Ethereum block space wars
Network miners or validators on a blockchain compete for block space, which is the right to create new blocks. Earning block space requires a certain amount of investment – either in the form of computing power, as with mining, or by having a stake in the network’s native currency, which is required of validators. When a new block is created, miners or validators earn rewards as a return for their investment.
The Ethereum network has been the site of the most fierce block space wars in the cryptocurrency ecosystem. This is a consequence of Ethereum’s scaling issues that have persisted since its launch.
The low throughput of the original Ethereum blockchain (15 transactions per second) causes the network to get congested very easily. The demand by users to be included in the next validation block on a highly congested network typically causes miners to demand astronomical transaction fees, also known as gas.
Layer 2 (L2) protocols were introduced on Ethereum as a scaling solution. L2 protocols act as side roads from the main Ethereum network to execute transaction requests. This in return reduces the load on the mainnet (layer 1, or L1) and makes transactions cheaper and faster.
On an L2 network, transactions are recorded “off-chain” without being acknowledged by the main, L1 network. A user can execute any number of transactions on L2 while paying for a single on-chain transaction (gas) on the mainnet.
Fees on L2 networks are typically very low and the subsequent drops in on-chain transaction loads significantly reduce the gas fees on the main Ethereum blockchain.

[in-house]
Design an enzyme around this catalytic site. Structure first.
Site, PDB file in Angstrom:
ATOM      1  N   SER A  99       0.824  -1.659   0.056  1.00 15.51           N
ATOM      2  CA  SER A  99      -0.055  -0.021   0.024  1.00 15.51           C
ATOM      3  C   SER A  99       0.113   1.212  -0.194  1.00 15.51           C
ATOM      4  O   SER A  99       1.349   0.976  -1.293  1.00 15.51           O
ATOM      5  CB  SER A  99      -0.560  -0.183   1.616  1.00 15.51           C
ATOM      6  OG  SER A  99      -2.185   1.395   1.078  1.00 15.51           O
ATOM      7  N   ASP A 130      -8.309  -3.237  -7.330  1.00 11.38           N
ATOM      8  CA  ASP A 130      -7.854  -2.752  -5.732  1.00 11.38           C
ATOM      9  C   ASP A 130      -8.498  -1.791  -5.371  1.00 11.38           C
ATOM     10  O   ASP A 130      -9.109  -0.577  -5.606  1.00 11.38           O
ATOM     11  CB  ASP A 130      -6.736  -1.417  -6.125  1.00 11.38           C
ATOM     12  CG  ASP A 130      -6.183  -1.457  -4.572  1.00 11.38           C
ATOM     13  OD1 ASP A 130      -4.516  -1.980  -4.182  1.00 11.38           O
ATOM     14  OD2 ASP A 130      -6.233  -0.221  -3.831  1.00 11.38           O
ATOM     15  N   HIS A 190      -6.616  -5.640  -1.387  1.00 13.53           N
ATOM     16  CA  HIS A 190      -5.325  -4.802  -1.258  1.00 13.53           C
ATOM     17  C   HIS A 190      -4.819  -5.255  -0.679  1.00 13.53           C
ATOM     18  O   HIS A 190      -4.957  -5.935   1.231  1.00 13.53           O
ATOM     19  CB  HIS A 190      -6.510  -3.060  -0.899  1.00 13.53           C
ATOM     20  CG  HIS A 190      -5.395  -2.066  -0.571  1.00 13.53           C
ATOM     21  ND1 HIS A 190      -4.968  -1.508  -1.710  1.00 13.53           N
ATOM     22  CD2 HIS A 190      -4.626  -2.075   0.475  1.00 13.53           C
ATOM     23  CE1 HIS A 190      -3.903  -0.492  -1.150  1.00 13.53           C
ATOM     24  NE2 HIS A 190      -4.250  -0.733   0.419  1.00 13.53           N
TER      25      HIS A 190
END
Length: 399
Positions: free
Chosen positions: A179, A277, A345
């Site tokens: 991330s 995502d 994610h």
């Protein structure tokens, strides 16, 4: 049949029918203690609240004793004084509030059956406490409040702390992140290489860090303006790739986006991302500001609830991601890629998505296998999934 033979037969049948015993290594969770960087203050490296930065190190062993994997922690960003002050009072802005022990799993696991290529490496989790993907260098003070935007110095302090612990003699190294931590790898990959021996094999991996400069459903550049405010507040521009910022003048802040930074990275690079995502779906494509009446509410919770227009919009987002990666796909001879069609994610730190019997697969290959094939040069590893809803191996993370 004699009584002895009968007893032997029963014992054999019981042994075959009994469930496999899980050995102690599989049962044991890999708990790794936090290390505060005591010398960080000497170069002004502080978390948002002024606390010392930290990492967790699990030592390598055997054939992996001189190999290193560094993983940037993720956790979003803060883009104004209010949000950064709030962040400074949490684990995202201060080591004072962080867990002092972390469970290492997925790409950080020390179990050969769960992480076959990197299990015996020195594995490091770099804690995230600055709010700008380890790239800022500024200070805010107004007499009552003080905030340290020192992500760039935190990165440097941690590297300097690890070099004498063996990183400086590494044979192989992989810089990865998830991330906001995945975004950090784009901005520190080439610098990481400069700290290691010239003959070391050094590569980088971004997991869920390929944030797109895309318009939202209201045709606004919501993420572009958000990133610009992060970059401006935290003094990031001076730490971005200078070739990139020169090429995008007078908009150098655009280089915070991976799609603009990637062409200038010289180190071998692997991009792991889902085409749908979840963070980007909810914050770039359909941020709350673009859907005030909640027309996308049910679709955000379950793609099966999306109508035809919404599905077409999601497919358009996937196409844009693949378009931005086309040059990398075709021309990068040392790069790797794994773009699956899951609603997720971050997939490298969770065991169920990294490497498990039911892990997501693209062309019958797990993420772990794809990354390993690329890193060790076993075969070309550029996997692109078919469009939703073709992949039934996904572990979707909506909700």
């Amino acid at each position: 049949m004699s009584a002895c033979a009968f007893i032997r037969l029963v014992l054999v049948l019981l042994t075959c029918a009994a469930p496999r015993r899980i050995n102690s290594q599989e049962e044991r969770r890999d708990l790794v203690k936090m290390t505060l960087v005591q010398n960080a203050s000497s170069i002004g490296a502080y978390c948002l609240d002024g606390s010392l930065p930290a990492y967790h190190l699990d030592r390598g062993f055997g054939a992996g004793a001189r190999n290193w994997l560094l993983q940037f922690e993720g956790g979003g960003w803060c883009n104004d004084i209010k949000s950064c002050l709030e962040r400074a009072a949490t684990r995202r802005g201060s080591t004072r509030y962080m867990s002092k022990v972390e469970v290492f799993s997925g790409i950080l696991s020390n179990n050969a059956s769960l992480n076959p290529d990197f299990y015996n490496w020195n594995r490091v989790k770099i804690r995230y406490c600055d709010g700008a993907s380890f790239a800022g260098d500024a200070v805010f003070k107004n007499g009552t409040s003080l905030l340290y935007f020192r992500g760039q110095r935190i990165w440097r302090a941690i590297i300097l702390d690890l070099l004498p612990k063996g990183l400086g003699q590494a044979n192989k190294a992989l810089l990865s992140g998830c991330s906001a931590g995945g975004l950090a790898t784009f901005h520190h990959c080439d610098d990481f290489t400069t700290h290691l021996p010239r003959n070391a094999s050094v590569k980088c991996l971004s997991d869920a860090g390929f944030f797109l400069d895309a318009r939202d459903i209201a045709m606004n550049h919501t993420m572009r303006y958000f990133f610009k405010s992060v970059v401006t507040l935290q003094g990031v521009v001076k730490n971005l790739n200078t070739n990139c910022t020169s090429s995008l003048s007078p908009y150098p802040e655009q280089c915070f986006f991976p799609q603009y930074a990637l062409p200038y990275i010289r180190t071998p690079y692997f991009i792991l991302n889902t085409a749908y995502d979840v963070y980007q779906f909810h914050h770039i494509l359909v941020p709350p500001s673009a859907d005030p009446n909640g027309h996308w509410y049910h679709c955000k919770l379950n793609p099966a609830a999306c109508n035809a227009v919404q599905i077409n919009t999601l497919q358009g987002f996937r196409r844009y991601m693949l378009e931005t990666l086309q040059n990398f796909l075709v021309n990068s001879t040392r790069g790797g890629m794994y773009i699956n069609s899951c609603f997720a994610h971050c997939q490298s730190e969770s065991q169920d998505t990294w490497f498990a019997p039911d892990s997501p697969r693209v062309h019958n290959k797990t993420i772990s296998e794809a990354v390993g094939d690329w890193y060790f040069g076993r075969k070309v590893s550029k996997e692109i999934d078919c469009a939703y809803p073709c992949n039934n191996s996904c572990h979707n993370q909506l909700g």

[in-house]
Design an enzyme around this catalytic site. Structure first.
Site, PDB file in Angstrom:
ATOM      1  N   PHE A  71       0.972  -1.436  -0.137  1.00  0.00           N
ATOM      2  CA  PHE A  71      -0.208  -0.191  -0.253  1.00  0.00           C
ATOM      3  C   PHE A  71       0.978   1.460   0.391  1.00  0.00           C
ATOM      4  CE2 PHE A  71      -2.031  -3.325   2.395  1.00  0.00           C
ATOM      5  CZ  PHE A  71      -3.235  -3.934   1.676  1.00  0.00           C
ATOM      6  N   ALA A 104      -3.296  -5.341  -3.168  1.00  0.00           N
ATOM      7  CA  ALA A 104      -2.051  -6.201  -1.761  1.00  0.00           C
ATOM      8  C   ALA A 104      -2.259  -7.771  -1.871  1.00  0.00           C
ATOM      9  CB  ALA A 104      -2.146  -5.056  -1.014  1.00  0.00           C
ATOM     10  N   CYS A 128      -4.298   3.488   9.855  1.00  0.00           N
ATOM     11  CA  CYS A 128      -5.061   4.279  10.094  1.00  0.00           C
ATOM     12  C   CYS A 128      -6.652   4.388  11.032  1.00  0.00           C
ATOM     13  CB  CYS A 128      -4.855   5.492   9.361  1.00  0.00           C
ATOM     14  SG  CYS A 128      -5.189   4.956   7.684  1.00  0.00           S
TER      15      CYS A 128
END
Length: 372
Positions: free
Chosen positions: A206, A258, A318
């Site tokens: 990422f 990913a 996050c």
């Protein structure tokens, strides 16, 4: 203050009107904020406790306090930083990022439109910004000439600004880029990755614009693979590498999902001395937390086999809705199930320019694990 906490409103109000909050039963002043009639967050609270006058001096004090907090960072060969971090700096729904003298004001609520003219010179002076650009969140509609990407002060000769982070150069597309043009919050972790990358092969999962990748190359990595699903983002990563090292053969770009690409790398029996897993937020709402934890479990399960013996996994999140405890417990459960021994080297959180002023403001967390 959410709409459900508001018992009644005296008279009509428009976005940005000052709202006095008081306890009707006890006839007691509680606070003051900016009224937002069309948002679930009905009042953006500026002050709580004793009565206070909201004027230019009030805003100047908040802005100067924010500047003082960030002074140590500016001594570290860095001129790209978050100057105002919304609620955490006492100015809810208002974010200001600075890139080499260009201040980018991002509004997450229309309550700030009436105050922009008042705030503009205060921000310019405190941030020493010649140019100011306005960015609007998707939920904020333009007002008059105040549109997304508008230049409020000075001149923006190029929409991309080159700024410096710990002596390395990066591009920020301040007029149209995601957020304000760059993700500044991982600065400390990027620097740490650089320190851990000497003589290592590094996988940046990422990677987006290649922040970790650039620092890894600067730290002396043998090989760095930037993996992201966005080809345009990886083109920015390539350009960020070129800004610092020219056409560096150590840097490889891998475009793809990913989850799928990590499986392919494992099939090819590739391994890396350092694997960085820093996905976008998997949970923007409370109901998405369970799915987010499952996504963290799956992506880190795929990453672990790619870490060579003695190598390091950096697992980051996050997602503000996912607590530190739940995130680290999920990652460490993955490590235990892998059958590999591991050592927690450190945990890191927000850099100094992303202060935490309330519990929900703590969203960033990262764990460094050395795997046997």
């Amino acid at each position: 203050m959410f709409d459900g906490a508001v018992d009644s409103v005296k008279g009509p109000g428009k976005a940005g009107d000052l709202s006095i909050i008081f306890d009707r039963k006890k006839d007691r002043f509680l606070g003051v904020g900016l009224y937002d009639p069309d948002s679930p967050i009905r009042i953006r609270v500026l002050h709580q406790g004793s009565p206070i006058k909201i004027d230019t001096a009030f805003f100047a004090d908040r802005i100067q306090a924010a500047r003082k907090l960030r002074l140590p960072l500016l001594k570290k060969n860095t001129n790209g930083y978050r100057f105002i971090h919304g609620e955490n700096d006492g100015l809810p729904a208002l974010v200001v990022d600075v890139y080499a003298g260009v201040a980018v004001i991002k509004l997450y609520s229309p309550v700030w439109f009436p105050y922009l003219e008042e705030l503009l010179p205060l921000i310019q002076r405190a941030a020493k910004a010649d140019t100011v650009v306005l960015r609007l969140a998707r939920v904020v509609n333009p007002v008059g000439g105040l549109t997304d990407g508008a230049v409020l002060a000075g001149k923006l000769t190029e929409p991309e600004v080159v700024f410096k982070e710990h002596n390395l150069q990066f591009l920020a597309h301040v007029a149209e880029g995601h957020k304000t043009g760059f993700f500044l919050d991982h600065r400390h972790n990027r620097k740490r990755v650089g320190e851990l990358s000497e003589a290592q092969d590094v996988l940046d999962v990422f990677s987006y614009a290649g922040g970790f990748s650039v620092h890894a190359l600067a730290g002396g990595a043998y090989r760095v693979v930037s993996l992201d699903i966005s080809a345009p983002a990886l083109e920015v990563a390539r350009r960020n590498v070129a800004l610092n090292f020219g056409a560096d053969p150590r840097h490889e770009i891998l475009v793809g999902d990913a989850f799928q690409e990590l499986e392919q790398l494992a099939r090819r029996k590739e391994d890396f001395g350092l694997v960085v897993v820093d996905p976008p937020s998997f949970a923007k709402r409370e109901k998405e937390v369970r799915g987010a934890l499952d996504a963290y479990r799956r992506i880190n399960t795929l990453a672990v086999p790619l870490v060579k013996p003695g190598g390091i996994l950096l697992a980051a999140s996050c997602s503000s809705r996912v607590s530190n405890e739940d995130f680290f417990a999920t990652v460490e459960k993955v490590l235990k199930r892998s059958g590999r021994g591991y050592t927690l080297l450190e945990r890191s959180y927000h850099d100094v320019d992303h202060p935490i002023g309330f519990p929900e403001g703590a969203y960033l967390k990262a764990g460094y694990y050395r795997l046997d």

The share of Ethereum transactions on the mainnet has been diminishing against transactions on Optimism and Arbitrum, two of the leading Ethereum L2 solutions. Making up less than 4.5% of all Ethereum transactions as of 2021’s end, transactions on Optimism and Arbitrum occupy more than 35% as of Q2 2022.
This means 35% of the entire Ethereum block space is consumed by L2 protocols. The decline in mainnet activity significantly dropped the network revenue which resulted in massive Ethereum deleveraging during the first half of 2022. The price of Ethereum dropped from $3,500 in December 2021 to as low as $900 on June 18. During this period, the average gas fee on the mainnet dropped from over $200 in 2021 to $30 on June 19.
Ethereum gas price chart. Source: Glassnode
Decoupling of stETH from ETH
stETH, Ethereum’s liquid-staking token that acts as a proxy to ETH, lost its peg against ETH on May 9, amidst Terra’s collapse. stETH’S main liquidity pool on the Curve platform lost more than half of its TVL in only three days (from $4 billion on May 9 to $1.9 billion on May 12). As a consequence, the value of stETH cratered to 0.88 per ETH coin on May 13.
Liquid-staking provides liquidity for staked assets by creating proxies of those assets. Where staked tokens are typically rendered illiquid since they are locked on the blockchain of their native cryptocurrency network, these proxies give users full mobility while continuing to earn rewards. This in return encourages growth on the network where locking assets once limited their utility.